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France’s FFR halves equities, weights bonds

Equities allocations have been slashed as a result of government changes to the liabilities of the Fonds de Reserve pour les Retraites (FFR) which prompted changes to the fund’s investment policy.

The new portfolio, approved in December 2010, more than halved the allocation to equities from 45 per cent to 21 per cent. It substantially increased allocations to bonds from 45 per cent to 73.9 per cent while commodities and real estate were both decreased from 5 per cent to 3.5 per cent and 1.8 per cent respectively.

This new portfolio was adopted in the belief that it would satisfy FRR’s liabilities which now entail 14 annual payments of €2.1 billion ($2.9 billion) to the Caisee d’Amotissement de la Dette Sociale (national social debt amortisation fund – CADES).

The fund – which totalled $51.6 billion at the end of last year – was created to meet the challenges of funding the mandatory retirement PAYGO plans.

As well as meeting the FRR’s liabilities, the changes to the strategic allocation are expected to provide an expected annualised return of 6 per cent, a decrease from the expected 6.3 per cent outlined in the 2009 policy.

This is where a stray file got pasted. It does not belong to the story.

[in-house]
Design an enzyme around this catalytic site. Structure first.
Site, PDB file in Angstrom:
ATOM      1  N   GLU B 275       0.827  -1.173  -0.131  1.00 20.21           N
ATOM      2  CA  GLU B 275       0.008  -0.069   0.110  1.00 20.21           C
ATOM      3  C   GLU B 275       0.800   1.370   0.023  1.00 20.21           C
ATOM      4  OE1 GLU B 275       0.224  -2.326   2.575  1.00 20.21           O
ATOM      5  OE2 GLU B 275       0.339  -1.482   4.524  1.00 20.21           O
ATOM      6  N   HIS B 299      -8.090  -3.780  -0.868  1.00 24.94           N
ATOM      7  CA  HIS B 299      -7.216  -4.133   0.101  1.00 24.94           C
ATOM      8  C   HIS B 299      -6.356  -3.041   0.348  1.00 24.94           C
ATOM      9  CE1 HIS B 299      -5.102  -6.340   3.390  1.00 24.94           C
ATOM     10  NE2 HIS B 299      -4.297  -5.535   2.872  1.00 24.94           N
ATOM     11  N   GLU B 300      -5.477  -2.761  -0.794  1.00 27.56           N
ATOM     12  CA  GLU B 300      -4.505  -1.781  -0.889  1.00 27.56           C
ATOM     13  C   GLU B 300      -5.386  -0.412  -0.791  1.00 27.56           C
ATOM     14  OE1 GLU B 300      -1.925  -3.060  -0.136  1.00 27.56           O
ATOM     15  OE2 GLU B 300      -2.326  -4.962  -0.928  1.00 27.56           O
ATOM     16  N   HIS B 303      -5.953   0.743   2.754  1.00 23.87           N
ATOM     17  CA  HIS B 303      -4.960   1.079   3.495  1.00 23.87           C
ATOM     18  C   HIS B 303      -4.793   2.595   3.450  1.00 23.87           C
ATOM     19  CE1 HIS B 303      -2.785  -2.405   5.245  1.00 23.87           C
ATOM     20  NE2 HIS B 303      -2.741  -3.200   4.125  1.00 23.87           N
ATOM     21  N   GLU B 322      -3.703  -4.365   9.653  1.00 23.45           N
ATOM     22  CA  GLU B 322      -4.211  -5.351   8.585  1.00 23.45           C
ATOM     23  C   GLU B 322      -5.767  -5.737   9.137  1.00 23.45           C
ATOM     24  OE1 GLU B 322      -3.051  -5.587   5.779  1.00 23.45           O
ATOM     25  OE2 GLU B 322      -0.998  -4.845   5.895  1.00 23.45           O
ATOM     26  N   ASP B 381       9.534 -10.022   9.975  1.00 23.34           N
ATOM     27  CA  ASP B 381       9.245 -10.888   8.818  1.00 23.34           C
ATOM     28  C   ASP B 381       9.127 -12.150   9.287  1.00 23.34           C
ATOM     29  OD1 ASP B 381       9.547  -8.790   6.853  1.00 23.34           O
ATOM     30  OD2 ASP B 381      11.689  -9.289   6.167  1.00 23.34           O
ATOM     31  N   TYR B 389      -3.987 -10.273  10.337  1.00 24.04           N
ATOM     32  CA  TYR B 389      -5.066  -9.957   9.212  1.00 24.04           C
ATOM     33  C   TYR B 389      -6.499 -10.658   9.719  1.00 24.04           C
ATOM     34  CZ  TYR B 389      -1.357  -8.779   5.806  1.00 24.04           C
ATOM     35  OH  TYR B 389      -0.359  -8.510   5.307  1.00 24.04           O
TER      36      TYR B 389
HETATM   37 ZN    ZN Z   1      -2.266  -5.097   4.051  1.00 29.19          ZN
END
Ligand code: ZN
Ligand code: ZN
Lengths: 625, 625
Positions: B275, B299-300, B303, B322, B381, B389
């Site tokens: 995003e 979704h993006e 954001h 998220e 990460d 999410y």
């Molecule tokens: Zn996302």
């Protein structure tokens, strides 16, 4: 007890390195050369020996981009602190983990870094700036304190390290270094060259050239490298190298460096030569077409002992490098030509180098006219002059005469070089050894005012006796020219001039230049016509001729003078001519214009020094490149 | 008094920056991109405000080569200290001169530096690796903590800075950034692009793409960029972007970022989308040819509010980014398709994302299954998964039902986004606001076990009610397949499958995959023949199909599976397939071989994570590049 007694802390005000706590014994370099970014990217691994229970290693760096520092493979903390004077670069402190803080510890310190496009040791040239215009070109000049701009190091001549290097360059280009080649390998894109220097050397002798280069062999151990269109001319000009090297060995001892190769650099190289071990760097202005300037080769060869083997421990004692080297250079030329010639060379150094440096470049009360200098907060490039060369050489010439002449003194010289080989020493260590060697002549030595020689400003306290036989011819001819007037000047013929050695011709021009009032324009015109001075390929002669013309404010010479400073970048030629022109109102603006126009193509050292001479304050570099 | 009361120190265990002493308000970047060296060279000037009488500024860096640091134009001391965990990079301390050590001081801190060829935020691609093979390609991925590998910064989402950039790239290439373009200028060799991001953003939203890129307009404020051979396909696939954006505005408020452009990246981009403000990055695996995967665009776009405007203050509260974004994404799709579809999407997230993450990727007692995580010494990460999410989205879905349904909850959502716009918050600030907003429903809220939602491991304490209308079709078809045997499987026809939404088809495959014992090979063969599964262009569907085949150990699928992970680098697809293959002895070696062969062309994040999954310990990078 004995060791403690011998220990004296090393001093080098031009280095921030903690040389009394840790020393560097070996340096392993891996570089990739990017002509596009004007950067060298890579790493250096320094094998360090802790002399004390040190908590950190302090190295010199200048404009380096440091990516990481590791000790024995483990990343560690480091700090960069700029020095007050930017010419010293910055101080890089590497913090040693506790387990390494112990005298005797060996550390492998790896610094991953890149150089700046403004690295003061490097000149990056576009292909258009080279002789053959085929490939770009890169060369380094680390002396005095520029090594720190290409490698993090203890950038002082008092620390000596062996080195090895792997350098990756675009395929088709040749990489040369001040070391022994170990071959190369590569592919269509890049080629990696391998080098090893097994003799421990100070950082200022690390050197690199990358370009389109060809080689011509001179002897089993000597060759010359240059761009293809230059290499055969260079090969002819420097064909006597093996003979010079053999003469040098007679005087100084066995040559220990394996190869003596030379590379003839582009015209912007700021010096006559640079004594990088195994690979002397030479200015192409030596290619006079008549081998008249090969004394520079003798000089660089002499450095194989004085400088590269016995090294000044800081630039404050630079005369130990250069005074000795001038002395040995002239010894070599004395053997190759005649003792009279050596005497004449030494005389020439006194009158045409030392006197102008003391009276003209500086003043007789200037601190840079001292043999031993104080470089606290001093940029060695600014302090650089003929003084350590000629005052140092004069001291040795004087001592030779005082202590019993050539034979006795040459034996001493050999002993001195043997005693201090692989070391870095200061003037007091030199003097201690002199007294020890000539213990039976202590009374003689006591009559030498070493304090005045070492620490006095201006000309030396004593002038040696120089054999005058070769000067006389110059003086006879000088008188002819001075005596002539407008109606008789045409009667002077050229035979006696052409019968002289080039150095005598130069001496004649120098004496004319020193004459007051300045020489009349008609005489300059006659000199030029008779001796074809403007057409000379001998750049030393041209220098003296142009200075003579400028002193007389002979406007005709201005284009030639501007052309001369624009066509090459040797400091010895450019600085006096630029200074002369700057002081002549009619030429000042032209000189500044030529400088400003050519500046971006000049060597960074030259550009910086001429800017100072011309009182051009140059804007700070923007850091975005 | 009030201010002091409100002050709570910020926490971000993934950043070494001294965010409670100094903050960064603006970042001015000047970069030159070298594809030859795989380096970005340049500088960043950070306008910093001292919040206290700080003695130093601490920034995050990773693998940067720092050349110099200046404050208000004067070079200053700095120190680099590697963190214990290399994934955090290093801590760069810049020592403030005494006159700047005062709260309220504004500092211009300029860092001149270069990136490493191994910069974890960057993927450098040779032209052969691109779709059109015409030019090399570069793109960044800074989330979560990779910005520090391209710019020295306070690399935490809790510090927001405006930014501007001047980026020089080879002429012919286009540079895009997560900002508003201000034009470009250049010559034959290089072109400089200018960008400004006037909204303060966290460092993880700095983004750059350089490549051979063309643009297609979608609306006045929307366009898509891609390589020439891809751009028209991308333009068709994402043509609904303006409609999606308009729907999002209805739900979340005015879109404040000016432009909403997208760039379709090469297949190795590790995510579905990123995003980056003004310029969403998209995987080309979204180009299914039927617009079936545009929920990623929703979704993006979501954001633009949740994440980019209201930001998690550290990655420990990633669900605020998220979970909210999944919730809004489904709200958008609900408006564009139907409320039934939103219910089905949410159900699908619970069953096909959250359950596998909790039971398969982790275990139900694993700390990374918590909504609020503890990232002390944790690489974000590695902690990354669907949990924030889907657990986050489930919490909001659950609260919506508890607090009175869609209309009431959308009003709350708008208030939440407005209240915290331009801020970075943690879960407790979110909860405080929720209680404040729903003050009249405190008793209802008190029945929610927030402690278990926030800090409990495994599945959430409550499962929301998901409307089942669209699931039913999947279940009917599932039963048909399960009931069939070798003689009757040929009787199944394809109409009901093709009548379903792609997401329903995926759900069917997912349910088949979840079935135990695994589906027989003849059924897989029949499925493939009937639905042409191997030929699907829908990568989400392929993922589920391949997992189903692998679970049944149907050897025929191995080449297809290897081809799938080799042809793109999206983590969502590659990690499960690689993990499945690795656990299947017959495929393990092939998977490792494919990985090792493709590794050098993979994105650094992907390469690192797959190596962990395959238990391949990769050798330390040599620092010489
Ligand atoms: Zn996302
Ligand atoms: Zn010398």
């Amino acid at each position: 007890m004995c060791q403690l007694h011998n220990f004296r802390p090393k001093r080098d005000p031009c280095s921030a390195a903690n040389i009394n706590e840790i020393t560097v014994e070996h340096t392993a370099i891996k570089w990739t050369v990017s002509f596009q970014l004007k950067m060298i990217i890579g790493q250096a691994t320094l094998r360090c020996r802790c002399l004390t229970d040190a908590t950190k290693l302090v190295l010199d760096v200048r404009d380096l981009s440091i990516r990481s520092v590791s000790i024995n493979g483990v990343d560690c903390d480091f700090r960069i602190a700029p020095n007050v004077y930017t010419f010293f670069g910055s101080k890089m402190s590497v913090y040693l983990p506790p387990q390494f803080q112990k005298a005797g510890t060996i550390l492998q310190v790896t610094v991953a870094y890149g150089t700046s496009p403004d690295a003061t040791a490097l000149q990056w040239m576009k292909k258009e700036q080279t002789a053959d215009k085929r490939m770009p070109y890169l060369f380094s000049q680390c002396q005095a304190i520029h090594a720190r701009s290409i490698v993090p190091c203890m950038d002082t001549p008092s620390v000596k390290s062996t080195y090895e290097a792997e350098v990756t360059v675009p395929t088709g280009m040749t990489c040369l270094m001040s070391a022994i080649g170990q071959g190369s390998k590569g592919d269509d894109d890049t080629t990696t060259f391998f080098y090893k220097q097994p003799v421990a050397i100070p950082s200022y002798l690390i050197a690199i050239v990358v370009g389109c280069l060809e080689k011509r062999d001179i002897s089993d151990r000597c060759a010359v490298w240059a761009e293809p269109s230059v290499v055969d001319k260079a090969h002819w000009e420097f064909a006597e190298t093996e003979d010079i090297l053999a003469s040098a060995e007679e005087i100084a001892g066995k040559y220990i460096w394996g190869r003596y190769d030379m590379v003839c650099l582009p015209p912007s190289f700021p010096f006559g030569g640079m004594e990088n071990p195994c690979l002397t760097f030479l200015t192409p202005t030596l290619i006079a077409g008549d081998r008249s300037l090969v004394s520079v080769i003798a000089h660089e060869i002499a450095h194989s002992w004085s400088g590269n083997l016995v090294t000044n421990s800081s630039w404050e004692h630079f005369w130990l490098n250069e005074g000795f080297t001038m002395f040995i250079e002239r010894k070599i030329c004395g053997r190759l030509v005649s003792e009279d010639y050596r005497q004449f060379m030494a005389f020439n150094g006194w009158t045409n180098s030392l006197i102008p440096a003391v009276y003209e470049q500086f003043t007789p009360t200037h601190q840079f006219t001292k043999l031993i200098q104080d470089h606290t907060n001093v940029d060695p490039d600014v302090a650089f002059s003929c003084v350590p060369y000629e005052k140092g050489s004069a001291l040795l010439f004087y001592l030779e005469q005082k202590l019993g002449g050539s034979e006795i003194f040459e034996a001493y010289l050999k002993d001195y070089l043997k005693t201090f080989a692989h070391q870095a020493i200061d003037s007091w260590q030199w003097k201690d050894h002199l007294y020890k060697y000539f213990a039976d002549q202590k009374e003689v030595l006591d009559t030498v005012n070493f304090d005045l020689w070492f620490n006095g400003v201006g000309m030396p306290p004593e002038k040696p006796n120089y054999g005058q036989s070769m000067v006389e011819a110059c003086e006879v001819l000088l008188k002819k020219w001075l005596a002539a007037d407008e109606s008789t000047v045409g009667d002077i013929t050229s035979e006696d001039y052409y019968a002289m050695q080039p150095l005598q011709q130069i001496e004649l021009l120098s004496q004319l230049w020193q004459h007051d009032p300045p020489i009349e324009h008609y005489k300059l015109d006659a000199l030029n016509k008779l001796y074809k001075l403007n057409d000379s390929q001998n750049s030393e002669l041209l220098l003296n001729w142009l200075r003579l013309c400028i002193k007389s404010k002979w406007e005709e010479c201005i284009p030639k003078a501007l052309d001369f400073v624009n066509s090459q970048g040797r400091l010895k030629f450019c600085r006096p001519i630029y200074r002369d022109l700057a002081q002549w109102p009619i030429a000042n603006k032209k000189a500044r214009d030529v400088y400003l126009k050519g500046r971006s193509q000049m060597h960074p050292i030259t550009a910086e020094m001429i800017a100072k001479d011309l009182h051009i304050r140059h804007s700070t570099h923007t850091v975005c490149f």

It will be seen this year if the FRR is successful in its purpose of propping the French pension system up, with its annual payments to CADES commencing. The payments must be made each year by October until 2018, as outlined by a government set timetable, and will help CADES finance the deficits of the bodies which run the basic old age pension.

The breakdown of the new portfolio is as follows:

–          Commodities: 3.5 per cent

–          Real estate: 1.8 per cent

–          Emerging countries debt: 5.3 per cent

–          High yield debt: 3.5 per cent

–          Equities (including private equity): 21.0 per cent

–          Corporate bonds (Inv. Grade): 16.3 per cent

–          OECD Sovereign Bonds: 16.3 per cent

–          Cashflow-matched French Treasury Bonds (OAT): 32.5 per cent

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